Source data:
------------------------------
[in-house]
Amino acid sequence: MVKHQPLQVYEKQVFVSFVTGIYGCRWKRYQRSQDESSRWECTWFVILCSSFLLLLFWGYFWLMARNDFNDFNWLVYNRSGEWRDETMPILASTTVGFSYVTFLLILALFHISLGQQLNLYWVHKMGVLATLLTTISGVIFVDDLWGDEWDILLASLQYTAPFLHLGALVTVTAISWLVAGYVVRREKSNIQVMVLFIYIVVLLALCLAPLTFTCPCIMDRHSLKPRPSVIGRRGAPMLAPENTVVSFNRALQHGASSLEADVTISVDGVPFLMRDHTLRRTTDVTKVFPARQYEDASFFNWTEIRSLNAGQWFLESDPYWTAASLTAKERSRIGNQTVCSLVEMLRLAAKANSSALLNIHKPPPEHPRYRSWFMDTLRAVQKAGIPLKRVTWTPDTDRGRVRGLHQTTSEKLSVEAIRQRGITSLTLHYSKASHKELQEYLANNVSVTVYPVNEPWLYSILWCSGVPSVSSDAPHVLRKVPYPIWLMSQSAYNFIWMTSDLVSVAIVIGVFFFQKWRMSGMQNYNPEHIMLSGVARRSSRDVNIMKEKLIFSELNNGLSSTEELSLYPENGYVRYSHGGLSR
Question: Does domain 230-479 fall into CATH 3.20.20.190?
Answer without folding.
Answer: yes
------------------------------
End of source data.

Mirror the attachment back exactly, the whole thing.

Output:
[in-house]
Amino acid sequence: MVKHQPLQVYEKQVFVSFVTGIYGCRWKRYQRSQDESSRWECTWFVILCSSFLLLLFWGYFWLMARNDFNDFNWLVYNRSGEWRDETMPILASTTVGFSYVTFLLILALFHISLGQQLNLYWVHKMGVLATLLTTISGVIFVDDLWGDEWDILLASLQYTAPFLHLGALVTVTAISWLVAGYVVRREKSNIQVMVLFIYIVVLLALCLAPLTFTCPCIMDRHSLKPRPSVIGRRGAPMLAPENTVVSFNRALQHGASSLEADVTISVDGVPFLMRDHTLRRTTDVTKVFPARQYEDASFFNWTEIRSLNAGQWFLESDPYWTAASLTAKERSRIGNQTVCSLVEMLRLAAKANSSALLNIHKPPPEHPRYRSWFMDTLRAVQKAGIPLKRVTWTPDTDRGRVRGLHQTTSEKLSVEAIRQRGITSLTLHYSKASHKELQEYLANNVSVTVYPVNEPWLYSILWCSGVPSVSSDAPHVLRKVPYPIWLMSQSAYNFIWMTSDLVSVAIVIGVFFFQKWRMSGMQNYNPEHIMLSGVARRSSRDVNIMKEKLIFSELNNGLSSTEELSLYPENGYVRYSHGGLSR
Question: Does domain 230-479 fall into CATH 3.20.20.190?
Answer without folding.
Answer: yes